L is for Lindisfarne Priory,
The Holy Island
Today we travel to the North East corner of England
Lindisfarne Priory, Holy Island
This is an historic tidal island with a small population of just over 180 persons which is swelled with an influx of 650,000 visitors from all over the world.
Access to this tidal island is by a paved causeway which is covered by the North Sea twice in every 24 hour period. The sand and mud flats carried an ancient pilgrims’ path and now in modern times a causeway.
The island is 2¼ miles from East to West and 1½ miles from North to South approximately 1,000 acres (4.04 km2) at high tide. It is about two miles from the mainland of England.
Tourists crossing the Pilgrims’ Way
This is a file from the Wikimedia Commons
Lindisfarne Priory on Holy Island was one of the most important centres of early Christianity, founded by St. Aidan in AD 635
The presbytery of the church from the South-East
St. Cuthbert, Prior of Lindisfarne is the most celebrated of the priory’s holy men, after many missionary journeys and ten years as a hermit on lonely Farne Island he reluctantly became Bishop before retiring and dying on Farne in 687. He was buried in the priory and his remains transferred to a pilgrim shrine there after eleven years, still undecayed which was a sure sign of sanctity.
Lindisfarne shown within NorthumberlandThis is a file from the Wikimedia Commons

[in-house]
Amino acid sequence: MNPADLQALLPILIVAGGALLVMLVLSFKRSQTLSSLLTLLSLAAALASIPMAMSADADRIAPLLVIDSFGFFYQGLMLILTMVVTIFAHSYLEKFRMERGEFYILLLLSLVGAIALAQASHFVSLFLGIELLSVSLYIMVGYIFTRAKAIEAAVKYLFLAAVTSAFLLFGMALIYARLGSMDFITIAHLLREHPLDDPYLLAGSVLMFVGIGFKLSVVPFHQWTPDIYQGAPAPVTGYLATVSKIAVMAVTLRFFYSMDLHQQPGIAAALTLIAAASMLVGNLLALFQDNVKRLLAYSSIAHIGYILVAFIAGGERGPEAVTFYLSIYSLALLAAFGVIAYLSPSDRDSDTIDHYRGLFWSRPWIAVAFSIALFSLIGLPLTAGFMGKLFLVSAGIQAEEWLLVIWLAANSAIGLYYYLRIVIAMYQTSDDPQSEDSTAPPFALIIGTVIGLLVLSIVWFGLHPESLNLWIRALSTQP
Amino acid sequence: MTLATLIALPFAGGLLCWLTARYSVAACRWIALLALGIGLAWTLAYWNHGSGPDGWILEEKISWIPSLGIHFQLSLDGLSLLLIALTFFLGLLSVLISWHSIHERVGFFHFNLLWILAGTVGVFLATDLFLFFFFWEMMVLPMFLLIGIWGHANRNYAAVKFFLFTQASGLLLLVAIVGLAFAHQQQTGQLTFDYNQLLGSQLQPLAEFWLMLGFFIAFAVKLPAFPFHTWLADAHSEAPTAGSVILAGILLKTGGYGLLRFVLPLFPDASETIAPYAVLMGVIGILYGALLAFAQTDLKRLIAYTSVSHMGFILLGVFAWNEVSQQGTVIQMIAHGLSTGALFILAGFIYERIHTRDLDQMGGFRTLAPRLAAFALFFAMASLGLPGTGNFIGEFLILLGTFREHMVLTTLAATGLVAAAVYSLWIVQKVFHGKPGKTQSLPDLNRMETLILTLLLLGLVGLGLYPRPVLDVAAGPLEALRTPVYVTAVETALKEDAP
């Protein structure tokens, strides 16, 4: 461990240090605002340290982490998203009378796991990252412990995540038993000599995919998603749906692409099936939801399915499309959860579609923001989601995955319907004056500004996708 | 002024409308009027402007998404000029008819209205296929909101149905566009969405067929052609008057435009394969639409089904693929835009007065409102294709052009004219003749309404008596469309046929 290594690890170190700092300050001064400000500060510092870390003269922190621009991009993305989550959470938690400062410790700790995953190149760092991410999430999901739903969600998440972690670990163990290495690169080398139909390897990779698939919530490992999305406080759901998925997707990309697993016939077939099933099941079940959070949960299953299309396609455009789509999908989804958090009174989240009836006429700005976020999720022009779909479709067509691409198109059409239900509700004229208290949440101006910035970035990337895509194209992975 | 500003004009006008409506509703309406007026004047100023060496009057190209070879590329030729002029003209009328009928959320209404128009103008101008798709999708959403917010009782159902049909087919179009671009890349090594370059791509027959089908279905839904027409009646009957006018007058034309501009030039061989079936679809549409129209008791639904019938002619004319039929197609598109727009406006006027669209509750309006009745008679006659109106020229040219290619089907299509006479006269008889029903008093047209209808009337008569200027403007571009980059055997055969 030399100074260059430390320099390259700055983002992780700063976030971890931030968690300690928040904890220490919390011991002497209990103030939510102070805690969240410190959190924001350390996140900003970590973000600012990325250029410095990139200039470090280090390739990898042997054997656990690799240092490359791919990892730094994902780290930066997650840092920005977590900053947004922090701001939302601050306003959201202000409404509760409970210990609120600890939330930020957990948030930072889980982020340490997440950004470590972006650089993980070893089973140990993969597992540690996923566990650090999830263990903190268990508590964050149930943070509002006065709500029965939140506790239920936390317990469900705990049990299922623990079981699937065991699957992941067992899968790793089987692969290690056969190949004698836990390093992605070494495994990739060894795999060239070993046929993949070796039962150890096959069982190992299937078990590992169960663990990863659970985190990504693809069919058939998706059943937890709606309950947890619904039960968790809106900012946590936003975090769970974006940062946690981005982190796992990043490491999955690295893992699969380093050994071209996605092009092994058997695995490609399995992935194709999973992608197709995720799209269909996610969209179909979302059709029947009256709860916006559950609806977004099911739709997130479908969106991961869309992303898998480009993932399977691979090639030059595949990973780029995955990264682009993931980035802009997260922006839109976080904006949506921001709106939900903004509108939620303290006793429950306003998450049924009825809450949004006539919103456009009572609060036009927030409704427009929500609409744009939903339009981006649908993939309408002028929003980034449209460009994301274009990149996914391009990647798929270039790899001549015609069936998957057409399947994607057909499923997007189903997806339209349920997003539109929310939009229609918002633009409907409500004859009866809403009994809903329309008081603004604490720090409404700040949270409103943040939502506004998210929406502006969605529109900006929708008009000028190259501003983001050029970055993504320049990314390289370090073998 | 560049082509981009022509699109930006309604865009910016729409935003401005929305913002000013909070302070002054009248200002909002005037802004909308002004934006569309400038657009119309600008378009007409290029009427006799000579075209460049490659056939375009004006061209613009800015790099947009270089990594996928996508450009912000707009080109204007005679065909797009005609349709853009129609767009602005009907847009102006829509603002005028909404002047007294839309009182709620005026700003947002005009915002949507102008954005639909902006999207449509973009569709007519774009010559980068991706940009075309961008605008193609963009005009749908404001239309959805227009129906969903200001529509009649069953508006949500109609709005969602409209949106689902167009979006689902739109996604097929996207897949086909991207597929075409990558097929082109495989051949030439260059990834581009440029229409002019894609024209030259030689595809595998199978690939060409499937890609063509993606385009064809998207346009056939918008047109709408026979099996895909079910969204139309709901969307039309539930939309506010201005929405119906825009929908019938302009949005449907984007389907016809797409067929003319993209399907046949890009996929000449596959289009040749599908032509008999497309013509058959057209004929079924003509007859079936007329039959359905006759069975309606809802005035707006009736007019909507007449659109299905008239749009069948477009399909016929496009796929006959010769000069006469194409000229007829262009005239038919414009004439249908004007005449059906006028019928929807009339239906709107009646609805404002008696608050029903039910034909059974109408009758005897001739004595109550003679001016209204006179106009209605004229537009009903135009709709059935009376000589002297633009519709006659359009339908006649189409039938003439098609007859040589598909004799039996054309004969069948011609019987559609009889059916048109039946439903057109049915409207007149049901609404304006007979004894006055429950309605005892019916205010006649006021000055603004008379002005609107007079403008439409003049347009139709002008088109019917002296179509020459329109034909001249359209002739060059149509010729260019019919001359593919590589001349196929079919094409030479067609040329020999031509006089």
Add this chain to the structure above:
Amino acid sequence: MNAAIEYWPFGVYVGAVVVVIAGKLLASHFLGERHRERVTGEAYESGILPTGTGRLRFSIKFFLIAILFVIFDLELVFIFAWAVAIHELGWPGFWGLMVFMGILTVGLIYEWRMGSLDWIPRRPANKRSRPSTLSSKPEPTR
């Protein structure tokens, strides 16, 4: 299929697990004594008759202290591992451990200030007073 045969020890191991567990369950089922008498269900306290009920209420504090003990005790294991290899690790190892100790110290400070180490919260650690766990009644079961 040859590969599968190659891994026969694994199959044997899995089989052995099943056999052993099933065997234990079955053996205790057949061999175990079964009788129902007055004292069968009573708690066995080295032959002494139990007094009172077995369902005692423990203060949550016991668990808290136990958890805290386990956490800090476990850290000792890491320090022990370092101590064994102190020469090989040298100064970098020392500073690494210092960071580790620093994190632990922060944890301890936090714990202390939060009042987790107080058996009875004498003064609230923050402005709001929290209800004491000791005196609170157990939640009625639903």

Viking raiders at the end of the 8th century found the isolated island easy prey. In 875 the monks left with St. Cuthbert’s remains which were eventually enshrined in Durham Cathedral in 1104. The monks re-established a priory on Lindisfarne in c. 1150, it was a richly decorated priory and famous for its ‘rainbow arch’ which can still be seen in the ruins. The community lived here quietly until the suppression of the monastery in 1537.
The North Sea comes in and will hide
The pathway across to the mainland
It leaves the spiritual ruins abandoned.
The Vikings came and conquered
Sailing in Long ships to steal treasures
They burned buildings, ferocious fighters
Murdered monks and terrified everyone
God’s revenge on Christians
So said some
For this danger to come
But the Vikings were a powerful race
A sight to behold face-to-face
They’d set their goals to triumph over Britain
They could not be beaten.